Every employer wants to have a highly satisfied and happy workforce. It’s as integral to running a business as your mission, accounting practices, or company hours. Without satisfied employees, you’ll struggle to meet your bottom line, keep customers coming back, and earn recognition from industry experts. How your workforce feels equates to the image you project just as much as your ad campaigns.
So, how do you create a happy company?
Employee engagement goes beyond happiness. It’s the emotional commitment an employee has to an organization and its goals. Involvement in the workplace often follows leadership, which means that if leaders are in sync with your goals, there is a higher likelihood that employees will share in the sentiment. However, leaders aren’t the only ones who set the internal tone of a company. Corporate Social Responsibility (CSR) is the practice where companies take responsibility for the impact of their activities on their employees, customers, and the community at large. Companies such as Toshiba and Starbucks are known for possessing a keen sense of social responsibility, community welfare, and sustainability.
When you have a higher level of engagement, your business and staff will reap the benefits. An engaged workforce comes with advantages, such as improved employee retention, increased productivity and healthy workplace morale. All of this engagement can easily transfer over to other company functions, like marketing.
Have you ever been perusing Facebook and found inspiring images of friends who participated in a company benefit or other fundraiser? Or, maybe you saw pictures of a friend who boasts about having casual Fridays, pets in the workplace, or annual company outings that go beyond a potluck. How did those images make you feel?
For most of us, seeing other people thriving at work makes us curious about how we can support the mission or join the team. This is where the real magic happens for business owners. You’re essentially getting free marketing from your best sources: your employees. Let’s look at a few companies who’ve mastered employee-driven social media engagement and community building.
Patagonia’s mission is simple: “We’re in business to save our home planet.” Their corporate responsibility policy promises to produce products in fair, legal, and safe working conditions throughout the supply chain. They collaborate with suppliers to get high-quality materials that keep the environment and society at their core. Patagonia works to protect migrant workers around the globe from exploitation and human trafficking.
But, what about in the States? The California-based company has a culture that might not fit with traditional corporate American norms. The company allows workers to set their own hours and doesn’t reward those who work excessively. In fact, the doors are locked with everyone out by 8 pm through the week and all weekend. But, it isn’t just after hours that Patagonia breaks the corporate mold; many employees can be found in wetsuits catching the perfect wave or riding bikes during the traditional workday. The outdoor company gets much in return for these non-traditional work rules. In 2013, Patagonia earned $600 million. As they continue to expand their global footprint, Patagonia enjoys loyal employees and low turnover rates.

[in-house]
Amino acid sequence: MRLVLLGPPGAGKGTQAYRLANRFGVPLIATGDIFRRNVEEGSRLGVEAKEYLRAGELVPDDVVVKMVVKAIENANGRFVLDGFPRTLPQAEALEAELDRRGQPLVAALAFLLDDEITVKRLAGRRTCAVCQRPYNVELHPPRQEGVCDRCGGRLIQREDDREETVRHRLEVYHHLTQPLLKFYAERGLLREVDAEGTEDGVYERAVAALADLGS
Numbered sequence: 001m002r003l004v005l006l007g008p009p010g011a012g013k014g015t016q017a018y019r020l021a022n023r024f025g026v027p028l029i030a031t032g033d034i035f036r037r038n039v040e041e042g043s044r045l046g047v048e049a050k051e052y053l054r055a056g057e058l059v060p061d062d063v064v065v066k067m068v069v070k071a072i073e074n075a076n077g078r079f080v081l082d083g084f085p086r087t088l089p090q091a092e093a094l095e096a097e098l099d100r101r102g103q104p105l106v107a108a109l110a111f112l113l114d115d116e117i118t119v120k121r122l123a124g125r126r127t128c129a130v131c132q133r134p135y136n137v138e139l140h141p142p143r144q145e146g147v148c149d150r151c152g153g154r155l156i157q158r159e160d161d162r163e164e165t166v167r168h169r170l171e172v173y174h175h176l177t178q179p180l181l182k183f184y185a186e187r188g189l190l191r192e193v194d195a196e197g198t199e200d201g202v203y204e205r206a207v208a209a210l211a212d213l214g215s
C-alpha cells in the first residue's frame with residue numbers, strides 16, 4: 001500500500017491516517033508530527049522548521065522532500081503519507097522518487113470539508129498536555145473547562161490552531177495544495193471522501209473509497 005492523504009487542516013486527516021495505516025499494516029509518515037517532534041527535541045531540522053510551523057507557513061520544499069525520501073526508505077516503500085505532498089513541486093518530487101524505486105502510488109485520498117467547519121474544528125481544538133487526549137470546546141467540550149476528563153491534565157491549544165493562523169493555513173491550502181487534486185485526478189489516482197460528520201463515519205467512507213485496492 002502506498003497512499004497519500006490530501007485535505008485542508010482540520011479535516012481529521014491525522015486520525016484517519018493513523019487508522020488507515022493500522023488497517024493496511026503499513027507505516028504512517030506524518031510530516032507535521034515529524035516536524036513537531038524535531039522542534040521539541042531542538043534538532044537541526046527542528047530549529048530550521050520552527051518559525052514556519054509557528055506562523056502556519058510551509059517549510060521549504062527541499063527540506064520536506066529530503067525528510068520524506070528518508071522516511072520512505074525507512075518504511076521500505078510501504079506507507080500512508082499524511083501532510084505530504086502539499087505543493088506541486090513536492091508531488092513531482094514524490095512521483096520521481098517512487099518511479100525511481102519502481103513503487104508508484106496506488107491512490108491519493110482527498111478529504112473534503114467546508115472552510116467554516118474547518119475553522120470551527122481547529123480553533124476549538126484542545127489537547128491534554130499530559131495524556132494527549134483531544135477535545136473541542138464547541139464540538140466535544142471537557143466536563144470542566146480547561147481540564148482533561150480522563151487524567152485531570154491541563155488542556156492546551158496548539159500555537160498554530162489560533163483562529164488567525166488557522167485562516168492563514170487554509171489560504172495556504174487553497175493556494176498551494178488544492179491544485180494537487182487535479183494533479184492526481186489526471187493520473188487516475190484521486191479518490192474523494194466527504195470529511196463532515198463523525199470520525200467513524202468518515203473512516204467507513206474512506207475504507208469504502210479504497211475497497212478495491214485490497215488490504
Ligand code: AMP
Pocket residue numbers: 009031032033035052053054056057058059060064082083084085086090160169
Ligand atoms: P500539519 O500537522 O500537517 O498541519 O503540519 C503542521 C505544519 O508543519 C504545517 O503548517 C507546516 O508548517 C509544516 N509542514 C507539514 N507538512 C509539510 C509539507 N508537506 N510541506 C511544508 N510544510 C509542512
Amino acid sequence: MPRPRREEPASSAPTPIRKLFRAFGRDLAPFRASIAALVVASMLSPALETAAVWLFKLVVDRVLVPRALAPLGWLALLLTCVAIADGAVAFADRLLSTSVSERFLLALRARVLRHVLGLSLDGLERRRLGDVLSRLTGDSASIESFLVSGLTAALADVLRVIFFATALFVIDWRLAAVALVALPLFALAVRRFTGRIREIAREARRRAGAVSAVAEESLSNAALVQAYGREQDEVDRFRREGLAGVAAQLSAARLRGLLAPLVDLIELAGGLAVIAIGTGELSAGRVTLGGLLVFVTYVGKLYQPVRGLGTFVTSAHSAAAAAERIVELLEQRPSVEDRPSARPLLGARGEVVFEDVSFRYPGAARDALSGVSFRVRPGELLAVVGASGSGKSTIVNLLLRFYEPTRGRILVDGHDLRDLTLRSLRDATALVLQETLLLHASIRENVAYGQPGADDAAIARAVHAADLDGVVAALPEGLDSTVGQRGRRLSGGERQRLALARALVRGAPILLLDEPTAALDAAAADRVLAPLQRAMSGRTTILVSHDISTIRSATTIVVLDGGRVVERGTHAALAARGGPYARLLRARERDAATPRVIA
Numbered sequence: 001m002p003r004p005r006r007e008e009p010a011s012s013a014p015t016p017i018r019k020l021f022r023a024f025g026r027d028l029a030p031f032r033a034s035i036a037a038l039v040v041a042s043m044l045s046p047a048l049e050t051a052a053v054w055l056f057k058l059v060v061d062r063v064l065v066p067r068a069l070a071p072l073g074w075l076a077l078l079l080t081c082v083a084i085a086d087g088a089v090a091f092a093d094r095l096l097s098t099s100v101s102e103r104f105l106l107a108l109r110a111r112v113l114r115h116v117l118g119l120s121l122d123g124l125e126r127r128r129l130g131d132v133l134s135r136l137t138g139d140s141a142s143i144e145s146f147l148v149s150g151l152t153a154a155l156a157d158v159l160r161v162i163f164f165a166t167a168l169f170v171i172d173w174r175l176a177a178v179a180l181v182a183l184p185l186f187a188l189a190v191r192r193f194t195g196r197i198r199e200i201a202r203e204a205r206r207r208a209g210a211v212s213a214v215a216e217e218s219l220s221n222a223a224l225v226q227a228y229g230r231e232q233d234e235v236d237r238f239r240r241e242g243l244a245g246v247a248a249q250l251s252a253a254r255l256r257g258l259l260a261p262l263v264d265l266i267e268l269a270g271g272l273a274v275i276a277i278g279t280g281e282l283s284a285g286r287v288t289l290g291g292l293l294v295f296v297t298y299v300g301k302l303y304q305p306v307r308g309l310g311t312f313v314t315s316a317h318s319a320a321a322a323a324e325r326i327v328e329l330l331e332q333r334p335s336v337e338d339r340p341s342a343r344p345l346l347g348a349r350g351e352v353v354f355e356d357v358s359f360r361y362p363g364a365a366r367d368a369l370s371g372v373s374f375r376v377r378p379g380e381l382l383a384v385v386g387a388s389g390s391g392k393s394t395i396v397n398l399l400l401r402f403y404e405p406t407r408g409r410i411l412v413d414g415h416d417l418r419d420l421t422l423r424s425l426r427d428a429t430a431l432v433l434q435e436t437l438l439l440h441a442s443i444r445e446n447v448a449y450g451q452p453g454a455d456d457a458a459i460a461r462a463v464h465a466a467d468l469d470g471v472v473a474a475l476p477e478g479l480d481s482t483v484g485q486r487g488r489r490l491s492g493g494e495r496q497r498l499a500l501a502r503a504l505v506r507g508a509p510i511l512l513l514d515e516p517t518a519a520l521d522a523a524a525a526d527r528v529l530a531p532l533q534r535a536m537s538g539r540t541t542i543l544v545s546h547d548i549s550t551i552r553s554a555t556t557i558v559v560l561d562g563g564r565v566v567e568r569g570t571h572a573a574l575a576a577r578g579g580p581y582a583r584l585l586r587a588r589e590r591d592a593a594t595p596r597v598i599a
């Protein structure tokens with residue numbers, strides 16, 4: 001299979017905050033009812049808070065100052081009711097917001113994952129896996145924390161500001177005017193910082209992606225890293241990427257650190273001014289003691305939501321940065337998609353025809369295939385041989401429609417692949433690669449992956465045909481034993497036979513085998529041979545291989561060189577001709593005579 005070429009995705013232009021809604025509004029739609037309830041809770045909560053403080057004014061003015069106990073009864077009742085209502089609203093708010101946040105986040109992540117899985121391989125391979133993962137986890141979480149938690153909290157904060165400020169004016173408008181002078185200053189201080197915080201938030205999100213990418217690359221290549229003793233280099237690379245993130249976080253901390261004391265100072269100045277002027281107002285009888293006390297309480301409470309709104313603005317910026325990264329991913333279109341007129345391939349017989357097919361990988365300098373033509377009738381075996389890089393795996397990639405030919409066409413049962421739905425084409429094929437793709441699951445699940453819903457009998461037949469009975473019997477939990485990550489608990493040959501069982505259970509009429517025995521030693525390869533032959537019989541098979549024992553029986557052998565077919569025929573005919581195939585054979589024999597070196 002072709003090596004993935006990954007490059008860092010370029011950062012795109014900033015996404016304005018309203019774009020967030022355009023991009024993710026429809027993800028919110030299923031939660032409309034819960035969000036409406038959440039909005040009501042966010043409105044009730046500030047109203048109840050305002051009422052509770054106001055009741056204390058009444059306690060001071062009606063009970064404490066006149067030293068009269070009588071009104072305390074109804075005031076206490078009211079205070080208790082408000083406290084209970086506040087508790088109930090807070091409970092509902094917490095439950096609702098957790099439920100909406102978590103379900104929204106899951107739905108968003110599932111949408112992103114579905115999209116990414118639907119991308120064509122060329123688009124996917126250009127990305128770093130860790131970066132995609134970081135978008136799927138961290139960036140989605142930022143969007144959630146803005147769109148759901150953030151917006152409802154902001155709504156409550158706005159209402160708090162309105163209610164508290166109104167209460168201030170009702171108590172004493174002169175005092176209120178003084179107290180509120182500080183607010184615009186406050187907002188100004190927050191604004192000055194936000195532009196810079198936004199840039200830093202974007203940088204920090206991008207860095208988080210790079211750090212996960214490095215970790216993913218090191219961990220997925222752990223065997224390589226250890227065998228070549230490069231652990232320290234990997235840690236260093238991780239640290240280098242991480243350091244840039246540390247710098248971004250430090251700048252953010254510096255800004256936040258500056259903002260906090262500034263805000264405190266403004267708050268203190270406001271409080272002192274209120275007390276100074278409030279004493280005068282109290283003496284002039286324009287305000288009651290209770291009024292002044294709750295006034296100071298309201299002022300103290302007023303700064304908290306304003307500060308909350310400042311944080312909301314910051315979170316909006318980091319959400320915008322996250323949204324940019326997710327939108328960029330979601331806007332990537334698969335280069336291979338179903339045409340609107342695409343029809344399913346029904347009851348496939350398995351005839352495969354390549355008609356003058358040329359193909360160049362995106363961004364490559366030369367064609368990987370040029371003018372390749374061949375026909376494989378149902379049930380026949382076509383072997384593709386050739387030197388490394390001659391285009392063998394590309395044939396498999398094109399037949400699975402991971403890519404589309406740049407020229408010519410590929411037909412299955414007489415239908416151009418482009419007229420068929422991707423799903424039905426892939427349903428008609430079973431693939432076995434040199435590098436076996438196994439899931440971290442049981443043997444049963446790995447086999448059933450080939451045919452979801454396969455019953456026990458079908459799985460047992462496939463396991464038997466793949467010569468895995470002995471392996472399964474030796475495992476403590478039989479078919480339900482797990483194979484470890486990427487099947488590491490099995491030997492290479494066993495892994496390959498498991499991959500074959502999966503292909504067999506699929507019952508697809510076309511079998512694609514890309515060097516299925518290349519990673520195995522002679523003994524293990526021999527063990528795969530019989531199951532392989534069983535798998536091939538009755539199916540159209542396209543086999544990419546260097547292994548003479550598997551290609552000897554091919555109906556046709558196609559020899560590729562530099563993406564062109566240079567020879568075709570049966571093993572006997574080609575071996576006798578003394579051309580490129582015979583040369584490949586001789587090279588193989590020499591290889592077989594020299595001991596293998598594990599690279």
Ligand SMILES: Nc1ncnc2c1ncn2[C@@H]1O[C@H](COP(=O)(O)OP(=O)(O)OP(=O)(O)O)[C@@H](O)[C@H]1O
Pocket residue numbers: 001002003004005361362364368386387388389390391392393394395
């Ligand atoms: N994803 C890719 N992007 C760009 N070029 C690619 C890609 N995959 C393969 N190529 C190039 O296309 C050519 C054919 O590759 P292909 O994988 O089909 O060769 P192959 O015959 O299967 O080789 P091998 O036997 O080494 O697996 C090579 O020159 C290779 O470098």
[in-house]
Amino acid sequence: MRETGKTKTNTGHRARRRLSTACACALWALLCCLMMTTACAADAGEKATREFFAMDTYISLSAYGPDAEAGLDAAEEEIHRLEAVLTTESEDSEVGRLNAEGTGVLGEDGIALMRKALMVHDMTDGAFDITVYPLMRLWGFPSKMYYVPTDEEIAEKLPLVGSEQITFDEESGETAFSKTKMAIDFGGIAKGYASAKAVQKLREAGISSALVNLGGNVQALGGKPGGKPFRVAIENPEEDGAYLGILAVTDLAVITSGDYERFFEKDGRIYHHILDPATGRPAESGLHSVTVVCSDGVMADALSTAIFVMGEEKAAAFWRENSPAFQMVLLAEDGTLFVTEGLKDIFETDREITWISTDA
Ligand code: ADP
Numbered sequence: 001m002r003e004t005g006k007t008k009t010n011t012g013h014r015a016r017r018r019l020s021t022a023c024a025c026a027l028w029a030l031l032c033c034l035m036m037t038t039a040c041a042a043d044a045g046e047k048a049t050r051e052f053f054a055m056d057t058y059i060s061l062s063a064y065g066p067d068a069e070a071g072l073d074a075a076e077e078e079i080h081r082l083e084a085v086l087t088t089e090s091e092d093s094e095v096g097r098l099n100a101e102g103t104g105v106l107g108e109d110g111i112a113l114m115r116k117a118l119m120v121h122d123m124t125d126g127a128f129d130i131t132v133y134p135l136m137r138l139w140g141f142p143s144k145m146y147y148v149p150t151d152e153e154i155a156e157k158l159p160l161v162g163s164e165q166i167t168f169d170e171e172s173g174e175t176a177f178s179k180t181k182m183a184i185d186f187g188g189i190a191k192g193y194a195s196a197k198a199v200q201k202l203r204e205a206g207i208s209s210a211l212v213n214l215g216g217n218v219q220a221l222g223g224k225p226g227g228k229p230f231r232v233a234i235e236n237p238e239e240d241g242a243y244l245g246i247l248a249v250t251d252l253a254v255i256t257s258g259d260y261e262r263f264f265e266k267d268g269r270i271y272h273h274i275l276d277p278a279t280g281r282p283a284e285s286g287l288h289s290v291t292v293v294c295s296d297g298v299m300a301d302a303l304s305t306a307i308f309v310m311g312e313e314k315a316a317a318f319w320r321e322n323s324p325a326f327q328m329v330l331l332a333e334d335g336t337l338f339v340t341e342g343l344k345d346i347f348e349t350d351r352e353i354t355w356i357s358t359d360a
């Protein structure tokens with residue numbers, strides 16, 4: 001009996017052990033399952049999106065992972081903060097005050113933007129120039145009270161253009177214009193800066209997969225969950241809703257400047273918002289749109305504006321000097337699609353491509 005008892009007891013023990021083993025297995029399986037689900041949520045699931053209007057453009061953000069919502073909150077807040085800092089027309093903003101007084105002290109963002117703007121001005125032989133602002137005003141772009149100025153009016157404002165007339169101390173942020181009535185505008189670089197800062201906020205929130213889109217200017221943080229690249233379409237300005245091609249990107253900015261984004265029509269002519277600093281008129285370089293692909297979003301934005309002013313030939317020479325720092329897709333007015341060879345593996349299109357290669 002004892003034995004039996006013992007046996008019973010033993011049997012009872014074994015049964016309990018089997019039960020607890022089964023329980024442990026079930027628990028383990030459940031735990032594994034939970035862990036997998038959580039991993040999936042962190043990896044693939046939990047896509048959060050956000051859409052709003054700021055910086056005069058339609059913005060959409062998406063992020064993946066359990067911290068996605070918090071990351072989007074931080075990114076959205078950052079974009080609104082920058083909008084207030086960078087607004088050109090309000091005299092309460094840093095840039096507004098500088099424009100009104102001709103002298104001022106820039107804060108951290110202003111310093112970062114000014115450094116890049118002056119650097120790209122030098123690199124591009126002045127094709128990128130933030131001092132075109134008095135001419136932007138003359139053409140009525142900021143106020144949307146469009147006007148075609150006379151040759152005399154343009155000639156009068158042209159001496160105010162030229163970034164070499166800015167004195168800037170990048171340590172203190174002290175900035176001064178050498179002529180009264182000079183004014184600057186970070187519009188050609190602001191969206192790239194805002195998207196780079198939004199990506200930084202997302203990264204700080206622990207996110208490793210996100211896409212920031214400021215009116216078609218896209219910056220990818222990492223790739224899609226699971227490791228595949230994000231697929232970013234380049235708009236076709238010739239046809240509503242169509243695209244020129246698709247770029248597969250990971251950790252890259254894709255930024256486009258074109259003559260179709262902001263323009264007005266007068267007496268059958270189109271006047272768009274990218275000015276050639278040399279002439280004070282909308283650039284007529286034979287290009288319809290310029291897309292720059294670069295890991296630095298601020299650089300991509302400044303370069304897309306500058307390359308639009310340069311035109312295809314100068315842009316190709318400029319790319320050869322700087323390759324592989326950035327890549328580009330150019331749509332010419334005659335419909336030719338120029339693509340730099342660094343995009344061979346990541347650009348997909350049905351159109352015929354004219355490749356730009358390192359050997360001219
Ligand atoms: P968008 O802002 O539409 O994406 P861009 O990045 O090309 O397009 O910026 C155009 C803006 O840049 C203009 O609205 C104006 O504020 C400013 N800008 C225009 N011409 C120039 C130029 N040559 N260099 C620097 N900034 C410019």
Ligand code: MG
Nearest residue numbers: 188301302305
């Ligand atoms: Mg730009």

The Boise Bicycle Project (BBP) knows a thing or two about community building. This non-profit cooperative fulfills its mission of promoting the personal, environmental, and social benefits of bicycling while bettering the lives of staff and consumers. BBP doesn’t just love bicycles, they invest in their community and want to make Boise the cycling capital of America. Through increased access to bikes for young and old alike, and the promotion of community through events and classes, BBP lives their mission, vision, and values.
BBP also understands the impact that fitness hobbies such as bicycling can have on overall health and wellness. Cycling offers an ecologically-responsible way to increase movement, control weight, and decrease the risk of long-term disease. Not only do they believe that a bicycle can help your physical health, but they also think that bicycling and bicycle repair can build confidence. Some people might find working with bicycles intimidating. However, at BBP everyone, regardless of gender, age, sexual orientation, or any other boundary, can thrive mentally and physically by enjoying a bike.
Do you listen to music? This might seem like a silly question – I mean, who doesn’t stream music in the office, the car, or even when jogging. But, is it just music, or is it a listening experience backed by scientific data?
At Pandora, they take music and listening to a whole new level. By combining musicology, artificial intelligence, and computer science, experts use big data to create a personalized listening experience each time someone streams. The Music Genome Project that powers Pandora analyzes a person’s unique relationship with music to develop an individualized blend that meets a person in their comfort zone while introducing new music that they believe will resonate with the user’s preferences.
The employee experience at Pandora culminates in the idea of giving back. Employees work to change the music experience of consumers, which can impact their mood, life, and emotional health. Pandora is the largest streaming music provider in the U.S, connecting more than 70 million users each month. This is community building at its best.
Leaders create employee engagement. They must operate from a place of integrity, compassion, and connection with employees and consumers alike. By synchronizing your mission, with your global policies within the confines of your workforce, you’re sure to see employee engagement rise. Once your employees invest, community building can flourish throughout your company, improving your brand image.